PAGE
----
At about the same time that Fonterra announced their forecast for the 2022/23 season ($8.75 - $10.25) the Situational and Outlook for Primary Industries (SOPI) was released. With data going back to 2018 the document forecasts forward to the 2026 season.
By and large the current strength in food and commodity prices are forecasted to remain.
However, the impact of increases in costs look set to continue along with the disruptions in logistics for some time yet. Commodity prices have hit their highest levels since 2008 and while these are likely weaken at some stage in future, they predict they will still remain above their historical values.
For farming, as most will have experienced, fuels, petroleum-based chemicals and fertilisers’ are experiencing cost increases not seen for many years. As these increases are going to impact upon worldwide food production, producers in New Zealand will receive increased gross returns to help offset the increased costs. The uncertainty around how long the Russian invasion of Ukraine will continue and how long much of Ukraine’s infrastructure will take to be rebuilt is going to have a major impact on these costs.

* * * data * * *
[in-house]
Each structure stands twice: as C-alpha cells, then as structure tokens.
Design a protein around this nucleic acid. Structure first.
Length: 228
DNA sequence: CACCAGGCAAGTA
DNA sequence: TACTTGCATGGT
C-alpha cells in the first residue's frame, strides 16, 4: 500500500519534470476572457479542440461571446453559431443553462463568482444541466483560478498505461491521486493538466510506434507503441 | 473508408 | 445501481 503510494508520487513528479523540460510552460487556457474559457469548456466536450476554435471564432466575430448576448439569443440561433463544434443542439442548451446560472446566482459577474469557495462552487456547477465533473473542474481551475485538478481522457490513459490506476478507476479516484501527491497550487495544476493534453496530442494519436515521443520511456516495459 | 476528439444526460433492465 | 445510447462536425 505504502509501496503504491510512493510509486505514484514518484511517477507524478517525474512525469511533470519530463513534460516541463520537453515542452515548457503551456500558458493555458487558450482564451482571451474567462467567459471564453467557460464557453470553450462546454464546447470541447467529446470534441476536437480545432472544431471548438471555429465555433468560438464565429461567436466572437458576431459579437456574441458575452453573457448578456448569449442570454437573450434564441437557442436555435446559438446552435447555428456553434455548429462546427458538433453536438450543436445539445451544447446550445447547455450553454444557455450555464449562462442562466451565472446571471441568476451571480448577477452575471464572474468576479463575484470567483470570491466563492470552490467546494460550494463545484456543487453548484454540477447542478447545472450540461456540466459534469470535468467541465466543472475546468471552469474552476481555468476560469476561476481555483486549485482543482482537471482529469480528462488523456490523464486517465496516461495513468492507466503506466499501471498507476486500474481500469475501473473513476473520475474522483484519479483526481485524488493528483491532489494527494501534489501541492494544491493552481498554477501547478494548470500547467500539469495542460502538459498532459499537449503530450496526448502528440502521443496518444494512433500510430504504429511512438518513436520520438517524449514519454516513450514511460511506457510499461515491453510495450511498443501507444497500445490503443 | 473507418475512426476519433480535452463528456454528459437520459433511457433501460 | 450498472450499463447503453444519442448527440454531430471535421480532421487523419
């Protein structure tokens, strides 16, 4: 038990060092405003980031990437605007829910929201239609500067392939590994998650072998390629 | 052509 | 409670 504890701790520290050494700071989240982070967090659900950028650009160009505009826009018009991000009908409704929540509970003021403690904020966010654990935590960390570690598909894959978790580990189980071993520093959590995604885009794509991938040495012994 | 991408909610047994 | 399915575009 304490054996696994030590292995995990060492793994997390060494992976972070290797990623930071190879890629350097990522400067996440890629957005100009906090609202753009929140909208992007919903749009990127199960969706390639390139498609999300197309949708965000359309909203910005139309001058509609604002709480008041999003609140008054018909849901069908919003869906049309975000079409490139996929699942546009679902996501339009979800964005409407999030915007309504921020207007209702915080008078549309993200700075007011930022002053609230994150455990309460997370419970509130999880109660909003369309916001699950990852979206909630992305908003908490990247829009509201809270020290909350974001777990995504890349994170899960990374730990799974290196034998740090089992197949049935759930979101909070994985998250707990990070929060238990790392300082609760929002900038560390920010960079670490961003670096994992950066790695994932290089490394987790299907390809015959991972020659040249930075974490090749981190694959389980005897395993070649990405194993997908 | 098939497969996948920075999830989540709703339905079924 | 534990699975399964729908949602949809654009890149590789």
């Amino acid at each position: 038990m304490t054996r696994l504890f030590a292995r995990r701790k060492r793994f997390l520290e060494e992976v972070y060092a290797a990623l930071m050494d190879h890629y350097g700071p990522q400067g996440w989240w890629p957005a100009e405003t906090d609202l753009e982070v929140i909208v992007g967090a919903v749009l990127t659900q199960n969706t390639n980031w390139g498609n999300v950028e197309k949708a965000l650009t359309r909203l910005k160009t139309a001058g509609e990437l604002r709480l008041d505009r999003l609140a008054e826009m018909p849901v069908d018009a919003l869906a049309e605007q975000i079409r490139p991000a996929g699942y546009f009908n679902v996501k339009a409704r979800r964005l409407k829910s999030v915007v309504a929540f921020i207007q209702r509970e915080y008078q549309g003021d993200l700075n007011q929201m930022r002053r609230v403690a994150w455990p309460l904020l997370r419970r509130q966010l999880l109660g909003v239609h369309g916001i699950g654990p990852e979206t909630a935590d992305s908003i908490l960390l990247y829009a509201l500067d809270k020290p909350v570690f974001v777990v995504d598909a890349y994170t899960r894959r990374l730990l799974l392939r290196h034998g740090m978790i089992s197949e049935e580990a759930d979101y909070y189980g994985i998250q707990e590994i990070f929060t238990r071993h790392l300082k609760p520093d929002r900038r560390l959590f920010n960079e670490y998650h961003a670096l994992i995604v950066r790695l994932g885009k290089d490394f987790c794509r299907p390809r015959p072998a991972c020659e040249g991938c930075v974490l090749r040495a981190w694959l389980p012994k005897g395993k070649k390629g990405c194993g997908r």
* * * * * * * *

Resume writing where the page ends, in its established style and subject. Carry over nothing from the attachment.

These issues are all compounded by China’s “Zero Covid” policy which continue to disrupt their internal logistics.
Looking at the individual sectors dairy continues to show its importance to the New Zealand economy with most years showing a lift in revenue over the previous. However, next season is forecasted to have a slight fall on the current, due to the above conditions. Although, as shown by the spread of price from Fonterra it could go either way.